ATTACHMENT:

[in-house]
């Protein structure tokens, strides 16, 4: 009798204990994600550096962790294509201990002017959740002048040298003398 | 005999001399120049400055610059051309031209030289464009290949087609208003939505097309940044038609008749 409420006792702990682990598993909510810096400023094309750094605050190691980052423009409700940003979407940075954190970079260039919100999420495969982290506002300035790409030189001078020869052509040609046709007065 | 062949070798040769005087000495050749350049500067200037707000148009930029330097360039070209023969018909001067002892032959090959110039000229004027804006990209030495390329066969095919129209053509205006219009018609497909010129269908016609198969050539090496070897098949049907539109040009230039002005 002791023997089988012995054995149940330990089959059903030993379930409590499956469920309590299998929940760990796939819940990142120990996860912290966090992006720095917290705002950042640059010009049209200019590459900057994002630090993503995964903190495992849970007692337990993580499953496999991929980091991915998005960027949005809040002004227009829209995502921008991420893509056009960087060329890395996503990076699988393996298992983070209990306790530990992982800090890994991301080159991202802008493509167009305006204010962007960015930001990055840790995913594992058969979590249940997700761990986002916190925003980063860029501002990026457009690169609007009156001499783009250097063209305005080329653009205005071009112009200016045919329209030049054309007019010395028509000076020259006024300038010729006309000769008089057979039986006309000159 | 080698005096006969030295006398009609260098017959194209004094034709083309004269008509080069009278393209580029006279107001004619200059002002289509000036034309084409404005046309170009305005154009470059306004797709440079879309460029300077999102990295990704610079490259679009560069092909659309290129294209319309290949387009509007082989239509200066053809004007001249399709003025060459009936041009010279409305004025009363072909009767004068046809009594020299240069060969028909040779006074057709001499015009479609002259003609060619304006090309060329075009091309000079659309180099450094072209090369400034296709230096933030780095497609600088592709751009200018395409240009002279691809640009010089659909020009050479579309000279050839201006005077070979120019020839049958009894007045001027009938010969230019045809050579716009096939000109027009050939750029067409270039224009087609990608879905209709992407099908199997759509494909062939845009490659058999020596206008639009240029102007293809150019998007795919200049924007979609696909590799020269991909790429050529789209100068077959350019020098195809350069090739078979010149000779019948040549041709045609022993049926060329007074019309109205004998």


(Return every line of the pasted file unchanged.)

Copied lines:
[in-house]
């Protein structure tokens, strides 16, 4: 009798204990994600550096962790294509201990002017959740002048040298003398 | 005999001399120049400055610059051309031209030289464009290949087609208003939505097309940044038609008749 409420006792702990682990598993909510810096400023094309750094605050190691980052423009409700940003979407940075954190970079260039919100999420495969982290506002300035790409030189001078020869052509040609046709007065 | 062949070798040769005087000495050749350049500067200037707000148009930029330097360039070209023969018909001067002892032959090959110039000229004027804006990209030495390329066969095919129209053509205006219009018609497909010129269908016609198969050539090496070897098949049907539109040009230039002005 002791023997089988012995054995149940330990089959059903030993379930409590499956469920309590299998929940760990796939819940990142120990996860912290966090992006720095917290705002950042640059010009049209200019590459900057994002630090993503995964903190495992849970007692337990993580499953496999991929980091991915998005960027949005809040002004227009829209995502921008991420893509056009960087060329890395996503990076699988393996298992983070209990306790530990992982800090890994991301080159991202802008493509167009305006204010962007960015930001990055840790995913594992058969979590249940997700761990986002916190925003980063860029501002990026457009690169609007009156001499783009250097063209305005080329653009205005071009112009200016045919329209030049054309007019010395028509000076020259006024300038010729006309000769008089057979039986006309000159 | 080698005096006969030295006398009609260098017959194209004094034709083309004269008509080069009278393209580029006279107001004619200059002002289509000036034309084409404005046309170009305005154009470059306004797709440079879309460029300077999102990295990704610079490259679009560069092909659309290129294209319309290949387009509007082989239509200066053809004007001249399709003025060459009936041009010279409305004025009363072909009767004068046809009594020299240069060969028909040779006074057709001499015009479609002259003609060619304006090309060329075009091309000079659309180099450094072209090369400034296709230096933030780095497609600088592709751009200018395409240009002279691809640009010089659909020009050479579309000279050839201006005077070979120019020839049958009894007045001027009938010969230019045809050579716009096939000109027009050939750029067409270039224009087609990608879905209709992407099908199997759509494909062939845009490659058999020596206008639009240029102007293809150019998007795919200049924007979609696909590799020269991909790429050529789209100068077959350019020098195809350069090739078979010149000779019948040549041709045609022993049926060329007074019309109205004998």